You may have great products, a brand that practically sells itself and all the latest sales enablement tools. So why are buyers commoditizing your products and barely giving you the time of day?
You need a competitive edge. And there’s one you could have… should have… but may be overlooking.
We spoke with four sales experts on CONNECT! Online Radio for Professional Sellers about a competitive edge that works every time. They all agreed. If you want to stand out above the pack and keep customers coming back, the competitive edge you need is a genuine customer focus.
Easier said than done. Especially at a time when building customer loyalty is harder than ever. Cindy Solomon, author of “The Rules of Woo,” says “80% of customers who leave were actually satisfied… they were satisfied and they left any way!”
Deb: 80%! Yikes! Why are they leaving, and what should sellers do about that?
Cindy Solomon: Satisfaction is no longer enough to keep people coming back time and time again… It really is about more than simple satisfaction. It’s creating that true relationship, that deeper bound relationship to you. That’s what keeps people in the fold. So going from a world where we sellers have looked at it as “Oh, they’re satisfied, I can move on to somebody else that I need to pay attention to,” satisfaction is no longer enough to create true loyalty. And loyalty is where the profitable sales reside, because they’re the easy ones.
Just like in any personal relationship, you have people who are acquaintances of yours, and then you have people who are friends. And then you have people who are your best friends, your 3 a.m. friends. I think consumers look at companies and sellers on that same spectrum… Where real loyalty helps us, as sellers, is when we move from that friendship stage into being best friends… Where you really create that advocacy is in that best friend relationship.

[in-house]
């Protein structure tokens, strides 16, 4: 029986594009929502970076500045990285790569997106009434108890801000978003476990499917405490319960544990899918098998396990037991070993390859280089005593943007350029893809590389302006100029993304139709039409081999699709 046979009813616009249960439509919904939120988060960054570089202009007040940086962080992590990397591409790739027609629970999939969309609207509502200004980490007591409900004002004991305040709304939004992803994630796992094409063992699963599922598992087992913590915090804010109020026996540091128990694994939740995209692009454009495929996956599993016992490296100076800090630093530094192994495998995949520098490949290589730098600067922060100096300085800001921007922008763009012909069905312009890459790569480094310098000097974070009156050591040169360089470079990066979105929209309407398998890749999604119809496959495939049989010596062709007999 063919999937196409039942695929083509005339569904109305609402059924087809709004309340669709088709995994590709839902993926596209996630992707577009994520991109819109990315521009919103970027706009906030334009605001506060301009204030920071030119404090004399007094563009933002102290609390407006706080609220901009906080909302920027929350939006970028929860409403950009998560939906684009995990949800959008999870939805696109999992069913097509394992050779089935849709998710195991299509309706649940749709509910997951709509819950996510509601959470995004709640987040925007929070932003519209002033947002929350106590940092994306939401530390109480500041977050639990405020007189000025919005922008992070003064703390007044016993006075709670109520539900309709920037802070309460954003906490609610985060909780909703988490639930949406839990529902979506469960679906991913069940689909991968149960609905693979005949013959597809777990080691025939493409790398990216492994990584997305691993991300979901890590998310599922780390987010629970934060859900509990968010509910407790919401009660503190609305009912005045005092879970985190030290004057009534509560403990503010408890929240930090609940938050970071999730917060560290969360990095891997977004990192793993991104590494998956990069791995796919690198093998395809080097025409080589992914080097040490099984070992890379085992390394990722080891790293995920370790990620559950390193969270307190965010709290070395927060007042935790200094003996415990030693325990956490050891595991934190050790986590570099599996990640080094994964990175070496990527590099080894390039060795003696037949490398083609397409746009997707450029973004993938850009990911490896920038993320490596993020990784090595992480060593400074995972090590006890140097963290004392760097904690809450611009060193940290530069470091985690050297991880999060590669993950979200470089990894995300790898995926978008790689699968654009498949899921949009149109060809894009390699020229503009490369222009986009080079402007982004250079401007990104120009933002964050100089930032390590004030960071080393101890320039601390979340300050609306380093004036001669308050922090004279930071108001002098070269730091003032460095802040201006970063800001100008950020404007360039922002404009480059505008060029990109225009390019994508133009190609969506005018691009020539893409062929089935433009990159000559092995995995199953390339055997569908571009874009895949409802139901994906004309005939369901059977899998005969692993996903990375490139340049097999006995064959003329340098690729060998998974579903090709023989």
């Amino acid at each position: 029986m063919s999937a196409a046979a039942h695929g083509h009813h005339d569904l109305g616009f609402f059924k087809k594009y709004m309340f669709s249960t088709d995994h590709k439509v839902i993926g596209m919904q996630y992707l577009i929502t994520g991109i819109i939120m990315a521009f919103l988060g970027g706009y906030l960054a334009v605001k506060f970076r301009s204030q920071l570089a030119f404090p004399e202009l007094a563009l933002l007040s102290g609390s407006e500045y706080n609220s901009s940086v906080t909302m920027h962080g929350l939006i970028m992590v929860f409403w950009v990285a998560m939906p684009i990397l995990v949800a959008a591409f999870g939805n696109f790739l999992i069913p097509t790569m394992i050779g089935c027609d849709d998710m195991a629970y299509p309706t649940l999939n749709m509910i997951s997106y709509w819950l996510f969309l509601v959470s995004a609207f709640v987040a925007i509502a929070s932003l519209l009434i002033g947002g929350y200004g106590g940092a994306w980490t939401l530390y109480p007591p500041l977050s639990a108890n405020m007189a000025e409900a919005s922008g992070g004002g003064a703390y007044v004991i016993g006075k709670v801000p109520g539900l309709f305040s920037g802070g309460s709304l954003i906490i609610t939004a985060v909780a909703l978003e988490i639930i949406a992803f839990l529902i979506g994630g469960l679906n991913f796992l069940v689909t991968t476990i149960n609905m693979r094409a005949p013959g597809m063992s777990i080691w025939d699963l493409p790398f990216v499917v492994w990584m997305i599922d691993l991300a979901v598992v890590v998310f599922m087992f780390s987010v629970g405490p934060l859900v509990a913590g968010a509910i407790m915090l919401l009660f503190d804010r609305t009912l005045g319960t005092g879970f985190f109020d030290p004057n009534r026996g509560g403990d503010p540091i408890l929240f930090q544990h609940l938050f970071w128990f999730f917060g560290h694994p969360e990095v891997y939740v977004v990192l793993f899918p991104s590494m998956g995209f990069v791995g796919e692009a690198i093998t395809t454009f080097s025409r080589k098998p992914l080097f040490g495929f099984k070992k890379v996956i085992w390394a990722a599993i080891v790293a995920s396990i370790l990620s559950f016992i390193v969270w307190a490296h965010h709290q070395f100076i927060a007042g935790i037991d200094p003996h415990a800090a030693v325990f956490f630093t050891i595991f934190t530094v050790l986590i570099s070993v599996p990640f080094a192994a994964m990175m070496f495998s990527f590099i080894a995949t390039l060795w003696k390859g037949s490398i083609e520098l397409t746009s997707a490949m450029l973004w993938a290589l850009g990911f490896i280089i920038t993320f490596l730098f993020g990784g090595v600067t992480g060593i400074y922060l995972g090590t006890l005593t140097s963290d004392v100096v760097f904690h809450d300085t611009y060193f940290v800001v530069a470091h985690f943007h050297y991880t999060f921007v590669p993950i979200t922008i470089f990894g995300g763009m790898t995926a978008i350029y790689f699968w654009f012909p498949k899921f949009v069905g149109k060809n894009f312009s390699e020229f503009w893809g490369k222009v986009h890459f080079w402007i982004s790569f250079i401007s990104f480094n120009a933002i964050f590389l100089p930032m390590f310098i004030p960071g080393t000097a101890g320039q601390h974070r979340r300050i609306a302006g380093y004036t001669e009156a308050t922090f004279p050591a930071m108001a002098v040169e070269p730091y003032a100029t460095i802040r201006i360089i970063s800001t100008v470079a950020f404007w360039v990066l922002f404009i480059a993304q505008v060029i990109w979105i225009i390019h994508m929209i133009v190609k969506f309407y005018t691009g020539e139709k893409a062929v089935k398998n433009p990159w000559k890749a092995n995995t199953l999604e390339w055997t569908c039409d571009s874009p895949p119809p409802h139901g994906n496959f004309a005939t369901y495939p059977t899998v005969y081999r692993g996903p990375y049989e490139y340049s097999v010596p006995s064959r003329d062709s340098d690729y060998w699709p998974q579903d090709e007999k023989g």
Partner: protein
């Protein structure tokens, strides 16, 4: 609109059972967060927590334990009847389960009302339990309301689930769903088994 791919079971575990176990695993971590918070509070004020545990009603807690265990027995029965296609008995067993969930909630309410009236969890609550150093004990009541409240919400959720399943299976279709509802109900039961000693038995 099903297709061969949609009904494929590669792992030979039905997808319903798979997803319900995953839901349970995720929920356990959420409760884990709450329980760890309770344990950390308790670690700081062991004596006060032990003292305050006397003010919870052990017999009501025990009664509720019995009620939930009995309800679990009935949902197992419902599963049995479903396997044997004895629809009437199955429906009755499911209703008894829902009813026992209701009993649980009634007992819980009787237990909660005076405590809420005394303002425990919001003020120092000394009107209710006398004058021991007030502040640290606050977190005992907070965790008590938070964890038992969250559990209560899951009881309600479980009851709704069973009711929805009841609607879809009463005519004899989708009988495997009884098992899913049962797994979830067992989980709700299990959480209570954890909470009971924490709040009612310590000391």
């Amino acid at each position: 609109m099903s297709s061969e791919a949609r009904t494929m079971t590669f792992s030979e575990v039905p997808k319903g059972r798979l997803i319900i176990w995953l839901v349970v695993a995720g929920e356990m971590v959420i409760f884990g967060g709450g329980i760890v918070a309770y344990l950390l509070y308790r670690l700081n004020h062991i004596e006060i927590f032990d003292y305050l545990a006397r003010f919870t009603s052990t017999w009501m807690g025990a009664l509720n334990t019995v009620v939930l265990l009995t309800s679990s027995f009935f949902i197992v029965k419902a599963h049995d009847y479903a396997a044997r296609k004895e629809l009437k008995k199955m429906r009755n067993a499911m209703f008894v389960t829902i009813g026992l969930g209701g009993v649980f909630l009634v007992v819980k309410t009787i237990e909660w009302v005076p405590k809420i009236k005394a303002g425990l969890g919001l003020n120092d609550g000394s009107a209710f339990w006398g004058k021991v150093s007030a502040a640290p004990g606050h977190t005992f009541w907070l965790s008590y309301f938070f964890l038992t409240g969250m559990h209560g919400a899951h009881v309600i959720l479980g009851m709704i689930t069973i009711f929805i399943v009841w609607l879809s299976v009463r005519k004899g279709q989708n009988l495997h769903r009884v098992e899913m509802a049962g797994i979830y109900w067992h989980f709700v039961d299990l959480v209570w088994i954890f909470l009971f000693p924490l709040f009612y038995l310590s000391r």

Deb: This is sometimes a hard concept for sellers to grasp, because they might get price-focused if their customers are price-focused. But what loyalty gets you is taking the focus off price. To differentiate it from price alone, how do you define true value?
Cindy: True value is enabling the buyer to have a sense of trust and peace in the relationship, so that no matter what happens you’ll be able to rectify it… In many cases, the value is in helping that seller look good beyond just the price piece of the puzzle. On average, 80% of people will say “it’s been great working with you, I know we’ve been working together for a year or two now, they just came in at a better price, I’m sorry we’re going to have to do something different.” The reality of this research is that when those 80% of people go back, only 8% have actually left because of price. When really questioned, people leave because “well, they really weren’t an active communicator, and I didn’t know when things were late, that started to chip away at our relationship.” Or whatever else could go wrong in the relationship. But people say it’s price because that’s the easy thing to say.
But the numbers and customer loyalty aren’t the only reason sellers should focus on their relationships with buyers. Margie Albert, broadcast industry sales trainer, shares five compelling business reasons to keep your focus on your customer:
Deb: Why should an organization and an individual seller focus on customer success? How will they benefit?
Margie Albert: There are many benefits, but probably the top five would be that your success rates will be much higher. That’s number one. You get to the close quicker as well. Your contract will be longer. They’re deeper and they’re renewed. That trust and loyalty will be built up. I had a fellow manager one time say to me “look a happy customer is almost impossible to steal.” Lastly, I think anyway, it’s a lot more fun. You really get to know your customers’ businesses; you get to know their challenges. If you’re one of those types of people that likes to learn and you’re curious, this is the way to go. That’s sort of what it looks like – longer contracts with happier customers.
One of the most powerful ways to focus on customers is by creating value that is unique for them. Andre Harrell, sales and marketing consultant, provides a 4-step formula for doing that:
Deb: To genuinely deliver, add on and create that customer value you’re describing… to make the customer feel that way and show them I care on that level, what are the concrete actions I need to be taking?